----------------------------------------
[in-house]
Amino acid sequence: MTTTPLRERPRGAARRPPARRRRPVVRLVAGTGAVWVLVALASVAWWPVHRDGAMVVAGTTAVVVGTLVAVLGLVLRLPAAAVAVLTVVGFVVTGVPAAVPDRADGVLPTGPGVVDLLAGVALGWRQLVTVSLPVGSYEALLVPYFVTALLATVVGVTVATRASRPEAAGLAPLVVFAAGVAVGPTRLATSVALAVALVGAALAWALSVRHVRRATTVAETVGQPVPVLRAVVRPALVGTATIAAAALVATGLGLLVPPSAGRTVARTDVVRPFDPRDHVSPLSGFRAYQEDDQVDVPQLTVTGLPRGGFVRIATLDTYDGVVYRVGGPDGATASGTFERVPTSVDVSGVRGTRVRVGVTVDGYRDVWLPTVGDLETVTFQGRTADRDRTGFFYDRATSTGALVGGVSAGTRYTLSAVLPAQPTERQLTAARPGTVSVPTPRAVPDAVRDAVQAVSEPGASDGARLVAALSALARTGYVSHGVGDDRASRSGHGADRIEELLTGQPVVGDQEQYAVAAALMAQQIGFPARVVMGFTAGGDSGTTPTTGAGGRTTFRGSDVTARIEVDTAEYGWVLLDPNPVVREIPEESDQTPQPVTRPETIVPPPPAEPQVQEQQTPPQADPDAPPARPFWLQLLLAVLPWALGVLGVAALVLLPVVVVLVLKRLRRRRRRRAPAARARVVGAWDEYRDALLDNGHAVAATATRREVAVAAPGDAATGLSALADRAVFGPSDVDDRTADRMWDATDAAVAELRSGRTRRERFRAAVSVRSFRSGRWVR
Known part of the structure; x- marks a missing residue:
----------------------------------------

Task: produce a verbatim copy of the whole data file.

[in-house]
Amino acid sequence: MTTTPLRERPRGAARRPPARRRRPVVRLVAGTGAVWVLVALASVAWWPVHRDGAMVVAGTTAVVVGTLVAVLGLVLRLPAAAVAVLTVVGFVVTGVPAAVPDRADGVLPTGPGVVDLLAGVALGWRQLVTVSLPVGSYEALLVPYFVTALLATVVGVTVATRASRPEAAGLAPLVVFAAGVAVGPTRLATSVALAVALVGAALAWALSVRHVRRATTVAETVGQPVPVLRAVVRPALVGTATIAAAALVATGLGLLVPPSAGRTVARTDVVRPFDPRDHVSPLSGFRAYQEDDQVDVPQLTVTGLPRGGFVRIATLDTYDGVVYRVGGPDGATASGTFERVPTSVDVSGVRGTRVRVGVTVDGYRDVWLPTVGDLETVTFQGRTADRDRTGFFYDRATSTGALVGGVSAGTRYTLSAVLPAQPTERQLTAARPGTVSVPTPRAVPDAVRDAVQAVSEPGASDGARLVAALSALARTGYVSHGVGDDRASRSGHGADRIEELLTGQPVVGDQEQYAVAAALMAQQIGFPARVVMGFTAGGDSGTTPTTGAGGRTTFRGSDVTARIEVDTAEYGWVLLDPNPVVREIPEESDQTPQPVTRPETIVPPPPAEPQVQEQQTPPQADPDAPPARPFWLQLLLAVLPWALGVLGVAALVLLPVVVVLVLKRLRRRRRRRAPAARARVVGAWDEYRDALLDNGHAVAATATRREVAVAAPGDAATGLSALADRAVFGPSDVDDRTADRMWDATDAAVAELRSGRTRRERFRAAVSVRSFRSGRWVR
Known part of the structure; x- marks a missing residue: